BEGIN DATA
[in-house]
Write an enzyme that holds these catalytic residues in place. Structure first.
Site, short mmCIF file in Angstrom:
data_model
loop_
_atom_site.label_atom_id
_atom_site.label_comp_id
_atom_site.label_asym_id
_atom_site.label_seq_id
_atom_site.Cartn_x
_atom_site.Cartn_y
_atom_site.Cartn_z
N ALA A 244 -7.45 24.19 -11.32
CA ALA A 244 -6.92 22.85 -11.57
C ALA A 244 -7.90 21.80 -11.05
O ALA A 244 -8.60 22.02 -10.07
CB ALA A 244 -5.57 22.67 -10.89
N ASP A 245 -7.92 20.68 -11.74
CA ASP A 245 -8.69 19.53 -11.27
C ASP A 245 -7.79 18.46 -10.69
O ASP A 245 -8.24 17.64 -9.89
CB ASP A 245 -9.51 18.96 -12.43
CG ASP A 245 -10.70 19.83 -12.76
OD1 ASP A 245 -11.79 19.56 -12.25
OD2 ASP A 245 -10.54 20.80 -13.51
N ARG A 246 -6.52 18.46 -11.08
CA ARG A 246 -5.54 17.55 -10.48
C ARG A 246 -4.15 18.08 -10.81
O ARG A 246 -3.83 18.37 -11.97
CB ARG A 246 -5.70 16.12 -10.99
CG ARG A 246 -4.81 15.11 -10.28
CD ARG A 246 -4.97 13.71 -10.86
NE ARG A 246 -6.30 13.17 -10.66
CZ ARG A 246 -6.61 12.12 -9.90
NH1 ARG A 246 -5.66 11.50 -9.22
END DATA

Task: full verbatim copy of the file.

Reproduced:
[in-house]
Write an enzyme that holds these catalytic residues in place. Structure first.
Site, short mmCIF file in Angstrom:
data_model
loop_
_atom_site.label_atom_id
_atom_site.label_comp_id
_atom_site.label_asym_id
_atom_site.label_seq_id
_atom_site.Cartn_x
_atom_site.Cartn_y
_atom_site.Cartn_z
N ALA A 244 -7.45 24.19 -11.32
CA ALA A 244 -6.92 22.85 -11.57
C ALA A 244 -7.90 21.80 -11.05
O ALA A 244 -8.60 22.02 -10.07
CB ALA A 244 -5.57 22.67 -10.89
N ASP A 245 -7.92 20.68 -11.74
CA ASP A 245 -8.69 19.53 -11.27
C ASP A 245 -7.79 18.46 -10.69
O ASP A 245 -8.24 17.64 -9.89
CB ASP A 245 -9.51 18.96 -12.43
CG ASP A 245 -10.70 19.83 -12.76
OD1 ASP A 245 -11.79 19.56 -12.25
OD2 ASP A 245 -10.54 20.80 -13.51
N ARG A 246 -6.52 18.46 -11.08
CA ARG A 246 -5.54 17.55 -10.48
C ARG A 246 -4.15 18.08 -10.81
O ARG A 246 -3.83 18.37 -11.97
CB ARG A 246 -5.70 16.12 -10.99
CG ARG A 246 -4.81 15.11 -10.28
CD ARG A 246 -4.97 13.71 -10.86
NE ARG A 246 -6.30 13.17 -10.66
CZ ARG A 246 -6.61 12.12 -9.90
NH1 ARG A 246 -5.66 11.50 -9.22